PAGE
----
they smeared their pollen like yolk on our shins as we climbed through
and when we ran as a pack in high grass, who knew or cared that picking the orange ones to make a posy
was forbidden, against state law
what good is consciousness except to draw a line
we live our lives longing to cross, and of course our mothers tried
to rid the field of vines, digging up each runner, pulling them out of the ground
till they snapped
and of course, they came back
and if I lay my head against the earth and pressed an orange petal to my tongue
it clung to my speech like a wet silk scarf
and tangled up my meaning
till I had no choice but to spit or to swallow or to quip in a gibberish that made the others laugh
sometimes near the end of summer the dying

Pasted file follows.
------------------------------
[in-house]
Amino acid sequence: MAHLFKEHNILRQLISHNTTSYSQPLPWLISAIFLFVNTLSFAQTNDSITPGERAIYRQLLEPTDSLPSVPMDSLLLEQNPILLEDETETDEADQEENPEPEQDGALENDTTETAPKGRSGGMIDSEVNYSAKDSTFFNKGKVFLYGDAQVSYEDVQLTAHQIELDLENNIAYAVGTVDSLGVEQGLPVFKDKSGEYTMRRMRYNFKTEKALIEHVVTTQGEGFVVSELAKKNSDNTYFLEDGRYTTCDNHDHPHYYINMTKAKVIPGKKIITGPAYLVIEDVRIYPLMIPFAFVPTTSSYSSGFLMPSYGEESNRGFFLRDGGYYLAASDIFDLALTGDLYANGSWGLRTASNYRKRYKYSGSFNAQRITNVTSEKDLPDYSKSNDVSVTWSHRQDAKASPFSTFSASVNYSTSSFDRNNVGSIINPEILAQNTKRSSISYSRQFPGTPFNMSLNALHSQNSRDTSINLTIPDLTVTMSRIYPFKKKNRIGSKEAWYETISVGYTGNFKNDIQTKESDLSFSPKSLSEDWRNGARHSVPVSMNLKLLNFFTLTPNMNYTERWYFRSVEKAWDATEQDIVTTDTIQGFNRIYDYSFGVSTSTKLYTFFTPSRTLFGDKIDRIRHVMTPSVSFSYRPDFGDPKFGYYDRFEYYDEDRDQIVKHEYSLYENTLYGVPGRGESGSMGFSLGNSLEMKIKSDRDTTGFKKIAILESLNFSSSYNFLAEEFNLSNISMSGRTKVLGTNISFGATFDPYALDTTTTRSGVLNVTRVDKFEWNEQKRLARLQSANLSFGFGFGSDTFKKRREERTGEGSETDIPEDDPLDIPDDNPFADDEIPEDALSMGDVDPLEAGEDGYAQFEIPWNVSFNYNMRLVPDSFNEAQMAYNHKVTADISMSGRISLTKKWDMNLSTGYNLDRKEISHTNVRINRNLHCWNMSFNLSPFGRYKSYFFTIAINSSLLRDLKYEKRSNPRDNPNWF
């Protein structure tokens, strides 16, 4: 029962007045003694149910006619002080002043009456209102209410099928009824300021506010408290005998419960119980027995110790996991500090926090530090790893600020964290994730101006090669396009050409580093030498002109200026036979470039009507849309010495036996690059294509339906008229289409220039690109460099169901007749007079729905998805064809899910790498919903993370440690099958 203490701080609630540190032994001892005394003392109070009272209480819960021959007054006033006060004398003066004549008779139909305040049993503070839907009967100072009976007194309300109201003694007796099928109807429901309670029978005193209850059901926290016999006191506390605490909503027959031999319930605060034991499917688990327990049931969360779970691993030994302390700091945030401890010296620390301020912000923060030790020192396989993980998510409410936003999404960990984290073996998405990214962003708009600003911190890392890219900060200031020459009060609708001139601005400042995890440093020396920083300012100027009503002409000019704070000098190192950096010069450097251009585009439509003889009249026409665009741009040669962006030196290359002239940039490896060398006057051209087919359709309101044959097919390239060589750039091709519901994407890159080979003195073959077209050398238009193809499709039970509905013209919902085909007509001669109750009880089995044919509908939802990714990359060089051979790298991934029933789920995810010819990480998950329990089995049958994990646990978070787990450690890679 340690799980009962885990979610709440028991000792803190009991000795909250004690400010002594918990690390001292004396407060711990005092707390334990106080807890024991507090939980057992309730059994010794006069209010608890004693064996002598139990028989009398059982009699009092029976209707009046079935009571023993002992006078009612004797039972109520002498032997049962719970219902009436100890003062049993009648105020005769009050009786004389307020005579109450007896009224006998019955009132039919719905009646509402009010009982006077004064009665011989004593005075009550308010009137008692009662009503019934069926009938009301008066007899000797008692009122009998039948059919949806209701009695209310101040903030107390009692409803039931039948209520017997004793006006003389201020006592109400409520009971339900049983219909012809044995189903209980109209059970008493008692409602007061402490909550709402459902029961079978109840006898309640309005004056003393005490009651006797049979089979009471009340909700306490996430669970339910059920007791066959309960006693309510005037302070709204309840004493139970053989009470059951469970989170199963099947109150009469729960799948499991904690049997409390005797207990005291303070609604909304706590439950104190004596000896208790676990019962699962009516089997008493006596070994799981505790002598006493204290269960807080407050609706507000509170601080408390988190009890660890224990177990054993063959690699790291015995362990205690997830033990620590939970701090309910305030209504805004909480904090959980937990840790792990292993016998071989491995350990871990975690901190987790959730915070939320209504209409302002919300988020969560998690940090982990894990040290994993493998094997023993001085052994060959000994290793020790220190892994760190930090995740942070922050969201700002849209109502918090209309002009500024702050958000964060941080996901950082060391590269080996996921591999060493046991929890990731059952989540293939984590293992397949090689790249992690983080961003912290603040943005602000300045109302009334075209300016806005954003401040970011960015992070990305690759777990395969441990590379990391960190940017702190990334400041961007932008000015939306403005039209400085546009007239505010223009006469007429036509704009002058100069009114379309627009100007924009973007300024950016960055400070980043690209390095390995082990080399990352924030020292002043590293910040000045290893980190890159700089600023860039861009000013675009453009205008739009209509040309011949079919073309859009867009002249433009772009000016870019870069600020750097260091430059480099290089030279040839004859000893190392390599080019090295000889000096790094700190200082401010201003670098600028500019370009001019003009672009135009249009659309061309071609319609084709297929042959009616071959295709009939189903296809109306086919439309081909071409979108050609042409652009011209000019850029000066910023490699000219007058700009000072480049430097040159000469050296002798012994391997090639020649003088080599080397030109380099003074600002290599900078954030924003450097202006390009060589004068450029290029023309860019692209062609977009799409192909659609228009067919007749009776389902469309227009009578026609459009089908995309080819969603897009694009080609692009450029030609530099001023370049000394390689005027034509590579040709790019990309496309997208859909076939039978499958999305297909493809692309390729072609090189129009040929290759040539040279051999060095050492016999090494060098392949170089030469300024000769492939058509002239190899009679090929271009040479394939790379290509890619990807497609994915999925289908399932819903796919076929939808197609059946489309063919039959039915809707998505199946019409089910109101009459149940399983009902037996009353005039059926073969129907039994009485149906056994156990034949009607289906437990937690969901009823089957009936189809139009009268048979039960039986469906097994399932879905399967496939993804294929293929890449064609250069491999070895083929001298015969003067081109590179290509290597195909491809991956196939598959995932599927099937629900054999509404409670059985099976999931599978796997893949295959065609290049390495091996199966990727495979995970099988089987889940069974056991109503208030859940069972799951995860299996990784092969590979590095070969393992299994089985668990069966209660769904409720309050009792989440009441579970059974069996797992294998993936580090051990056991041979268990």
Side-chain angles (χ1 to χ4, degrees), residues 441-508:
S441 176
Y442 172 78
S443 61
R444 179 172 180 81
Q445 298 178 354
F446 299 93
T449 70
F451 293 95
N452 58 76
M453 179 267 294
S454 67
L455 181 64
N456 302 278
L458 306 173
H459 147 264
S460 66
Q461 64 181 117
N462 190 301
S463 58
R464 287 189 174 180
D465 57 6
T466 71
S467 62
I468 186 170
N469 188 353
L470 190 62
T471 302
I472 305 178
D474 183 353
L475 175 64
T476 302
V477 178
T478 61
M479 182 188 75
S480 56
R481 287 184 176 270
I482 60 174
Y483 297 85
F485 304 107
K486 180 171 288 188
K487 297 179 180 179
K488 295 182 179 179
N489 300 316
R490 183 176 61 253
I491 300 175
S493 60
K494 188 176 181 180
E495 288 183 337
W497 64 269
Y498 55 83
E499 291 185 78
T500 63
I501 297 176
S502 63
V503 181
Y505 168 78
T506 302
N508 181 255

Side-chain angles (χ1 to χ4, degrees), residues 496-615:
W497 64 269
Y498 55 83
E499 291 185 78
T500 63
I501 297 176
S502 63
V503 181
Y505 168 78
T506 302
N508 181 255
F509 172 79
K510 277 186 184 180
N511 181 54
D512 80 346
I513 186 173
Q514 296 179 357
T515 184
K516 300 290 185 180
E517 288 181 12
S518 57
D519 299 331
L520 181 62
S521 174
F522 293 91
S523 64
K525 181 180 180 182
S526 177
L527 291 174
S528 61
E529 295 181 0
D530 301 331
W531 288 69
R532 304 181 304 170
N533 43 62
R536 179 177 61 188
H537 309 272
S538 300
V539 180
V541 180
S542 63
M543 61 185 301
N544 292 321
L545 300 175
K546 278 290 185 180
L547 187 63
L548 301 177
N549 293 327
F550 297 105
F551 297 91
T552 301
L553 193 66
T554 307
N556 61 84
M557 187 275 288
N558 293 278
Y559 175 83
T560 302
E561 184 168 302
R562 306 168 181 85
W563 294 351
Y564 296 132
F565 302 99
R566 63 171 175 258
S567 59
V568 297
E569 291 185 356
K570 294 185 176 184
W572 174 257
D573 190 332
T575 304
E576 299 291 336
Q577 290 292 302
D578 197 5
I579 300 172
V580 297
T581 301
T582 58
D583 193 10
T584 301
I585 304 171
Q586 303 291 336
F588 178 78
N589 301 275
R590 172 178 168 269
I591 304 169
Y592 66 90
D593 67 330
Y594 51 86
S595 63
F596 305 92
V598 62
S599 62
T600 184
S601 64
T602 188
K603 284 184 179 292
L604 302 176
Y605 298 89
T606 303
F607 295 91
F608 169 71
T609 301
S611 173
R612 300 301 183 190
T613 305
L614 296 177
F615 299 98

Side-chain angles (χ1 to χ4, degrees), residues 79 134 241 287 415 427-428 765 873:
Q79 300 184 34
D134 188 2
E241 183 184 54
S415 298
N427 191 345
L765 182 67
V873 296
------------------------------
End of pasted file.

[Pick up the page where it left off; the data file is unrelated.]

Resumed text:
vines revealed a nest with bits of shell intact
and other random stuff thought gone for good: a whiffle ball, a crumpled note in secret code
no one remembered, once a velvet purse with the drawstring still closed
holding four baby teeth inside
teeth the soil would claim eventually in some yard or garbage dump, take back the note, the ball forgotten again
in some frenzy of buying new objects, but for
a long while as a girl I thought
my job was to collect what once was deemed worth saving
so when the keeper came, I’d have the thing they sought
a mason jar of driveway rocks for sure and also
the child who thought their jaggedness in gray exquisite, worth saving, and also
some glitter that commands in its gravelly voice: give up your cleanliness and scatter
the light, for sure this flower
drawn in foam on my cappuccino, how its petal pulls toward the lips
in an act of being I practice
with each breath since breath began, can’t fathom how the tide will subside one day, those final moments of distortion
when everything elongates in time like that time by G’s bed as she took her last few breaths, her eyes glassy, lips cracked